We (the entire McGlynn lab: Fabian Nippgen, me, Brian McGlynn, John Mallard, Christa Kelleher, Erin Seybold, and Maggie Zimmer) recently traveled to the National Conservation Training Center in Shepherdstown WV to attend the CUAHSI (Consortium of Universities for the Advancement of Hydrological Sciences) biannual colloquium. The woods of the lower Shenandoah valley were an excellent backdrop for a three day program based on the theme of ‘Water across the critical zone: scaling from local to global hydrology’.
Monday morning Jay Famiglietti from the Jet Propulsion Laboratory gave the keynote speech. The first day of a conference is always brimming with fresh minds and eager ears, but his presentation was unique. In addition to presenting a comprehensive view of changing water resources, he reminded us how important it is for us to contribute on key water issues where we have expertise, and to ask ourselves what our role in science communication is. He has contributed in this way by presenting numerous TED talks, having a strong presence on twitter, and by being a scientific resource for the new feature length film ‘Dam Nation’. For the purposes of scaling to global hydrology, he presented the uses and opportunities of the GRACE satellite. GRACE (Gravity Recovery and Climate Experiment) maps changes in earth’s gravity field, which is mainly driven by the redistribution of water. The results he presented are summarized really well in his 2013 Science paper, with the gist being that we have observed wet places getting wetter, and dry place getting dryer (His comprehensive post for Nat Geo here). In their most recent paper they show that the Colorado River Basin lost enough water between 2004 and 2013 to fill two Lake Meads, the largest reservoir in the United States. A significant finding being that during this severe drought 75% of the water lost was due to groundwater depletion. This is a resource that has been depleted in front of our eyes in California (San Joaquin Valley), and in the mid-west (Ogallala Aquifer). Over 2 billion people rely on groundwater for drinking and agriculture, yet, it is poorly monitored, and there are often no regulations on its use (a great post on how/why we should be monitoring and managing our water better ).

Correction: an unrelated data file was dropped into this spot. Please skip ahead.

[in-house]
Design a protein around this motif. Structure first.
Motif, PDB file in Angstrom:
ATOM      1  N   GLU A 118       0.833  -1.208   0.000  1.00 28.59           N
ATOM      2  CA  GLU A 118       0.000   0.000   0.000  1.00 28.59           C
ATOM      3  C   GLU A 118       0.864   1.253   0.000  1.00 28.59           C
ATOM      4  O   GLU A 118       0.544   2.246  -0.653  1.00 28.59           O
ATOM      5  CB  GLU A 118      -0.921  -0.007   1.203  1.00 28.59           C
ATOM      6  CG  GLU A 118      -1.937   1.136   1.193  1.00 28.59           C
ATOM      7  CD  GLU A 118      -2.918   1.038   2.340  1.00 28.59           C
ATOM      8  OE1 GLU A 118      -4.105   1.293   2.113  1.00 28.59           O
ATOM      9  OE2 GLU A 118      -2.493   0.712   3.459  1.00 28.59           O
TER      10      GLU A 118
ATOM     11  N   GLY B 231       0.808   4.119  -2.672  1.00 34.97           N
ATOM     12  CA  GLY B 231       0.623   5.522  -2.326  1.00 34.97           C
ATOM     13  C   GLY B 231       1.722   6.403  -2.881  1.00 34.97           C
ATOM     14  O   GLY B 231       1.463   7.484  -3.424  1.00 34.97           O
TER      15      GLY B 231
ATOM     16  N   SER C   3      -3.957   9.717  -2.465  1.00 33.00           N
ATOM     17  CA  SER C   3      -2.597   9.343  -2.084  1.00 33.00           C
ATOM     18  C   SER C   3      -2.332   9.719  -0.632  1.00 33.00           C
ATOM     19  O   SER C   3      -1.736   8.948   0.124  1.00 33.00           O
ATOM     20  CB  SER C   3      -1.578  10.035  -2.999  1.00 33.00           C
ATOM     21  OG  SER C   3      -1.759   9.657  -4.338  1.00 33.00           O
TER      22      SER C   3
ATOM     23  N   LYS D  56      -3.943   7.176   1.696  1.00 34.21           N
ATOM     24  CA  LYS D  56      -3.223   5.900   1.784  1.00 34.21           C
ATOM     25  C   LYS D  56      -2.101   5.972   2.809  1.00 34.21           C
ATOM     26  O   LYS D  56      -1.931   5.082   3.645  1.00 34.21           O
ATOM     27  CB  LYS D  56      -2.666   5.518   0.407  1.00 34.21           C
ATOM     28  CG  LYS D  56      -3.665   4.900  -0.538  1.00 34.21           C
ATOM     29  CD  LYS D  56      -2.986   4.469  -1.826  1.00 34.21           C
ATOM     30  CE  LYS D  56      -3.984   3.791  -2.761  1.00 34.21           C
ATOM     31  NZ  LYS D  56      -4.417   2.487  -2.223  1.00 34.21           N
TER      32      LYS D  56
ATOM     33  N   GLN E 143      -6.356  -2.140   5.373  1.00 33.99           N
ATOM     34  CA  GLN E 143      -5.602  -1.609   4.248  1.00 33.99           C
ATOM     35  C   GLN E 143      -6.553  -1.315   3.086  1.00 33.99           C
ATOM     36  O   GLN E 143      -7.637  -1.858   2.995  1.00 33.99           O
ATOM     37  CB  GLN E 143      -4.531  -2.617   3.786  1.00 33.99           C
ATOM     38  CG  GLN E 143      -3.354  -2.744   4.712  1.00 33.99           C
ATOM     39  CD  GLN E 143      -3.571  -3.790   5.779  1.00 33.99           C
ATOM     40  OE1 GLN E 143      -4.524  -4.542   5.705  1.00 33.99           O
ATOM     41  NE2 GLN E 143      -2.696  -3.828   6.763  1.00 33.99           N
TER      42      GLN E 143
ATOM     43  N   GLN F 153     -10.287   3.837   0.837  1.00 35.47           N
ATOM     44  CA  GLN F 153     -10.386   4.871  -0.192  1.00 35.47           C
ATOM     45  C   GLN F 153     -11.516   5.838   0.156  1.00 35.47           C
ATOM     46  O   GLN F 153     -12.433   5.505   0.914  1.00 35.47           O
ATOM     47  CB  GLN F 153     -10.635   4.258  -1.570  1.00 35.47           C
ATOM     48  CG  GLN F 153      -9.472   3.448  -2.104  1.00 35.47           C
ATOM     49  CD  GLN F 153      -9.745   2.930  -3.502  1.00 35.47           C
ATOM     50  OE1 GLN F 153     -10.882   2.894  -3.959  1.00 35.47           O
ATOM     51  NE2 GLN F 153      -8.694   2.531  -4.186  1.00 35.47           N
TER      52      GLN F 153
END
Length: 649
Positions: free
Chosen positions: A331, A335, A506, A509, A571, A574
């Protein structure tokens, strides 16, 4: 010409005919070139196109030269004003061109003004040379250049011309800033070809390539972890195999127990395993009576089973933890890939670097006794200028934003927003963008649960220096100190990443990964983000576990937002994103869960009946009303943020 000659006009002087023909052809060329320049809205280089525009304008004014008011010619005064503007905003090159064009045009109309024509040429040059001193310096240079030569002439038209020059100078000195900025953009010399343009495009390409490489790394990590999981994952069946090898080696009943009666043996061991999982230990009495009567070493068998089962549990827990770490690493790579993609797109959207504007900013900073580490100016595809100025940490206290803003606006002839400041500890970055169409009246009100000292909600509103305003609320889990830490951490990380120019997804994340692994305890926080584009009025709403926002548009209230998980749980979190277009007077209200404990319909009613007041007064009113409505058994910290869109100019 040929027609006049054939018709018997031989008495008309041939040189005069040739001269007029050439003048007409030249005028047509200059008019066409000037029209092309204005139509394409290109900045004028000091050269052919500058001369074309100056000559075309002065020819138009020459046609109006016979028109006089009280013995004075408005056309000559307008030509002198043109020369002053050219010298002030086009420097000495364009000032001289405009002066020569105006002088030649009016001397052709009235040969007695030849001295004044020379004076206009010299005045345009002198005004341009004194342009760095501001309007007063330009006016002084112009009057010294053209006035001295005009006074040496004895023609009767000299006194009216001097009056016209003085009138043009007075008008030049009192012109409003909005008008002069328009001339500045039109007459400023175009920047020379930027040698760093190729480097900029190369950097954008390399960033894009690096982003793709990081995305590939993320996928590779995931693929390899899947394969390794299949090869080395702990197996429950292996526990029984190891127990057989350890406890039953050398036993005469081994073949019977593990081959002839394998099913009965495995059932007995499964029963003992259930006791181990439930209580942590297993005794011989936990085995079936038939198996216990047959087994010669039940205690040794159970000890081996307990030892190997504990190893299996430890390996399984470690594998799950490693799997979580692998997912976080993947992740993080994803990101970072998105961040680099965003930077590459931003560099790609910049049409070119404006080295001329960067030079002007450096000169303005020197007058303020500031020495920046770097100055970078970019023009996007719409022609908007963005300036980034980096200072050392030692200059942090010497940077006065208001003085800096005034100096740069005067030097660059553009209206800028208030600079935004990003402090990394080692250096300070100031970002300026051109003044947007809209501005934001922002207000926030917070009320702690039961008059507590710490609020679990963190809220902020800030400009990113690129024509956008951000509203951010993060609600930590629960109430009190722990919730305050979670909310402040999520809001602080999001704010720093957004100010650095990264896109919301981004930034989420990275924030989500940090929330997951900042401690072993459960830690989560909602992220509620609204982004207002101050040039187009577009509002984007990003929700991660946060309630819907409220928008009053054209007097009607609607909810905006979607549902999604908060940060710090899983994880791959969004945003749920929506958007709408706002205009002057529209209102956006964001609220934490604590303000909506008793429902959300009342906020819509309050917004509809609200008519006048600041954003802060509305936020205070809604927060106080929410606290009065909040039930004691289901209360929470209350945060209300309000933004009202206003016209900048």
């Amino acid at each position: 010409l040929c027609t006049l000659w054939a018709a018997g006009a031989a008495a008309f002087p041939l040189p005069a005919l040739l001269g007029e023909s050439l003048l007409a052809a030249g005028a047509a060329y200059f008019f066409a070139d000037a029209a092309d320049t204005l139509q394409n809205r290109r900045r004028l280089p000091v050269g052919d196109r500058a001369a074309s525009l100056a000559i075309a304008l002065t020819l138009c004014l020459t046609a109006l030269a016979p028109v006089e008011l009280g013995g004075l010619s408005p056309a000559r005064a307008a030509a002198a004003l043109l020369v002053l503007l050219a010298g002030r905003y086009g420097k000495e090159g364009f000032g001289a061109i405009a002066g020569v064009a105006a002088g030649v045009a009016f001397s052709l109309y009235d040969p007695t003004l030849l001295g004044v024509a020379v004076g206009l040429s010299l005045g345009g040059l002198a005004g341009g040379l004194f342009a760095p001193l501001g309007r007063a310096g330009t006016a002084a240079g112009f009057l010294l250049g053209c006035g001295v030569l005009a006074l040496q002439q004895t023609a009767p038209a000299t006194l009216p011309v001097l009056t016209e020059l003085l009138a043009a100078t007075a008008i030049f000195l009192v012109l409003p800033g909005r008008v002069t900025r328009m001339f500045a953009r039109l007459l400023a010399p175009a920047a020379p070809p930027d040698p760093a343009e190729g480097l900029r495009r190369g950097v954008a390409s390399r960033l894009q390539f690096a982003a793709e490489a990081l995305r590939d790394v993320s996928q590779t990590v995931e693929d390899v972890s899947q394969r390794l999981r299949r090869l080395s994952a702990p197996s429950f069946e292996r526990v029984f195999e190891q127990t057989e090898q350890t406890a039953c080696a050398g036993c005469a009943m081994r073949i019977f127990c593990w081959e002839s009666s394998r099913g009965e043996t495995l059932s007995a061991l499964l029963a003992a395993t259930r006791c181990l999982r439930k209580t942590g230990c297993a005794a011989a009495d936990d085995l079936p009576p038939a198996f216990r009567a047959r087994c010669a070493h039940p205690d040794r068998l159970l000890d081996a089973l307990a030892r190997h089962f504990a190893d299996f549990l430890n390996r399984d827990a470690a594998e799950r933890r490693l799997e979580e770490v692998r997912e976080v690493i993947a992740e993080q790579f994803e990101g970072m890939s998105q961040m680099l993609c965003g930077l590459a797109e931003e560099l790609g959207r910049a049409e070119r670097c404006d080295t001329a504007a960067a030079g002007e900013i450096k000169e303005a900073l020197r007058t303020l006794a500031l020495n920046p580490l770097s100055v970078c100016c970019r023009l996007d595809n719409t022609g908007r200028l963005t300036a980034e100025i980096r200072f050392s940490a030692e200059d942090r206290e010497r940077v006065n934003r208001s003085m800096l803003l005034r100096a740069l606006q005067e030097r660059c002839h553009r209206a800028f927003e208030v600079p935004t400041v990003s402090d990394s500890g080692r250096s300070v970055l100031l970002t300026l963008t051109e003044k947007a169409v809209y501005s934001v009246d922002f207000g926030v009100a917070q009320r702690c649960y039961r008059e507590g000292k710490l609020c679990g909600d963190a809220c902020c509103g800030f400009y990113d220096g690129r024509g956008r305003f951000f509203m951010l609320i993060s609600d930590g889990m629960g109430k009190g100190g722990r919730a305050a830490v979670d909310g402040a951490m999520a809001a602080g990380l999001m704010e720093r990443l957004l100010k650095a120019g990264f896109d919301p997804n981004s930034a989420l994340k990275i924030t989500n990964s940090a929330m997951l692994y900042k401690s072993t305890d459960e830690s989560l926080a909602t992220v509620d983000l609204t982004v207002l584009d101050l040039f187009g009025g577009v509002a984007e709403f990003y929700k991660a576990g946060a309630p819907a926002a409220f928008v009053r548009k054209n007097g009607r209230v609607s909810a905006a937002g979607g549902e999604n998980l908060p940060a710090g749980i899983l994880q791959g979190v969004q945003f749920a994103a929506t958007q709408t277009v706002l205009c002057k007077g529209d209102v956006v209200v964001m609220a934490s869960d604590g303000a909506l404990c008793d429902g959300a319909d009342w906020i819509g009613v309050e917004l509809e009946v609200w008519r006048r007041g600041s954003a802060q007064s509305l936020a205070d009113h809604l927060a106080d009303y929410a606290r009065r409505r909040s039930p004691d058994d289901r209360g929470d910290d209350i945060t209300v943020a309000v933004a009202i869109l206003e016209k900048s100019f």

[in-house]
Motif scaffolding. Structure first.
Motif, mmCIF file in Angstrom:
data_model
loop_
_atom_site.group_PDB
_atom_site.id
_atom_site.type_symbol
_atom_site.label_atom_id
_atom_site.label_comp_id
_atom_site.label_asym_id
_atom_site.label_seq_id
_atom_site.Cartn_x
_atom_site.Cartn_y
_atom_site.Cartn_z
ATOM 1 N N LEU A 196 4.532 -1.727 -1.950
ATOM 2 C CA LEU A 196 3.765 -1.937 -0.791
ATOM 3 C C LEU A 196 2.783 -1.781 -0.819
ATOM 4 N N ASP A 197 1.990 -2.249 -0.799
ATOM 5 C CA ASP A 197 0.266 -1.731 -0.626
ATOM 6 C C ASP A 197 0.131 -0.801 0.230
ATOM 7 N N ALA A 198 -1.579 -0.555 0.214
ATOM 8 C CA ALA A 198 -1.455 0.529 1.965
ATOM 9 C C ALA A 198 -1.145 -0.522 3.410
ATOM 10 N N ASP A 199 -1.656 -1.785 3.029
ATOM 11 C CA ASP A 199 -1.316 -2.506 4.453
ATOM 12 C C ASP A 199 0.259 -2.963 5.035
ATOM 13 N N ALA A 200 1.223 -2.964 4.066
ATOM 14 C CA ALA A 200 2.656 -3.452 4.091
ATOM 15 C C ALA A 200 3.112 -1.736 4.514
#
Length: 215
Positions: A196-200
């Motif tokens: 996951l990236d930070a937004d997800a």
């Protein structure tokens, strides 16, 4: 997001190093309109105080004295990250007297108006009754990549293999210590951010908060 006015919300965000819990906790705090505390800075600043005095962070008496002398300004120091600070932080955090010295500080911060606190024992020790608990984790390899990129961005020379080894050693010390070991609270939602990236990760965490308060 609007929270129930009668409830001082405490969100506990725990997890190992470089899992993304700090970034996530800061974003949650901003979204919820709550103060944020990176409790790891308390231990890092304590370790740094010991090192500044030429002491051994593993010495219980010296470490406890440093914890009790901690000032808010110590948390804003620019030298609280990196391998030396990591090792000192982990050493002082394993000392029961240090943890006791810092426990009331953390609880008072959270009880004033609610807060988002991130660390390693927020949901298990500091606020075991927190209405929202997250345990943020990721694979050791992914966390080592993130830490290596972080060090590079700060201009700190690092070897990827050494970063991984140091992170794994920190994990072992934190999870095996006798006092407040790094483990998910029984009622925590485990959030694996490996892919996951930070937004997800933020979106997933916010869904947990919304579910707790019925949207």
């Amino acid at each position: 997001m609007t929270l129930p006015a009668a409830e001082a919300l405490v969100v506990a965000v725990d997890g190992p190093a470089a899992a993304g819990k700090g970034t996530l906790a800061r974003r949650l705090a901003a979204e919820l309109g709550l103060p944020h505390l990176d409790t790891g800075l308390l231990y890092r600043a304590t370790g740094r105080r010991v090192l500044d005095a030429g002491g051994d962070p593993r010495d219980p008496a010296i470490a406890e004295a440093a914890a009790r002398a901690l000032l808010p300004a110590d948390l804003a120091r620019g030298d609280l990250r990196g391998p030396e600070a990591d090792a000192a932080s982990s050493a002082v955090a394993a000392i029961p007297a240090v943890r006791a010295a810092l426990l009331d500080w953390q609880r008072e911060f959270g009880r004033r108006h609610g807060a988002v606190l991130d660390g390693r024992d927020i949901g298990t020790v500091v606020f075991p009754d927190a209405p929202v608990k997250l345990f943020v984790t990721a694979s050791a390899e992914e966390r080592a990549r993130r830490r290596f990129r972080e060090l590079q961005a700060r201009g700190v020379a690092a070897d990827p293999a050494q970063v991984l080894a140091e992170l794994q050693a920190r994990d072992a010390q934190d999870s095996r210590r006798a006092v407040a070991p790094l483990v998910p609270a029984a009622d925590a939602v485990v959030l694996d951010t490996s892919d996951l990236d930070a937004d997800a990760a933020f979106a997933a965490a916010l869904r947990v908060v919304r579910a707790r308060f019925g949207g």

Image showing subsidence in the San Joaquin Valley, CA.
From: Impacts of land subsidence caused by withdrawal
of underground fluids in the United States Reviews in
Engineering Geology, 2005.
The second highlight of the conference was the screening of ‘Chasing Ice’ a documentary of the trials and tribulations of James Balog’s efforts to document the worlds diminishing glaciers. The difficulties of getting electronics to work in harsh conditions definitely struck home to those of us that have called our sub alpine watershed (TCEF) home in the springtime. The combination of this excellent film and a high quality presentation, by an impressively engaged scientist did just what I needed this conference to do- inspire and motivate. I am continually impressed with the different ways that people contribute to the distillation and dissemination of environmentally and culturally relevant information. With that said, it should not go unnoticed that our advisor, Brian McGlynn, did an excellent job of crafting the program for this years CUASHI.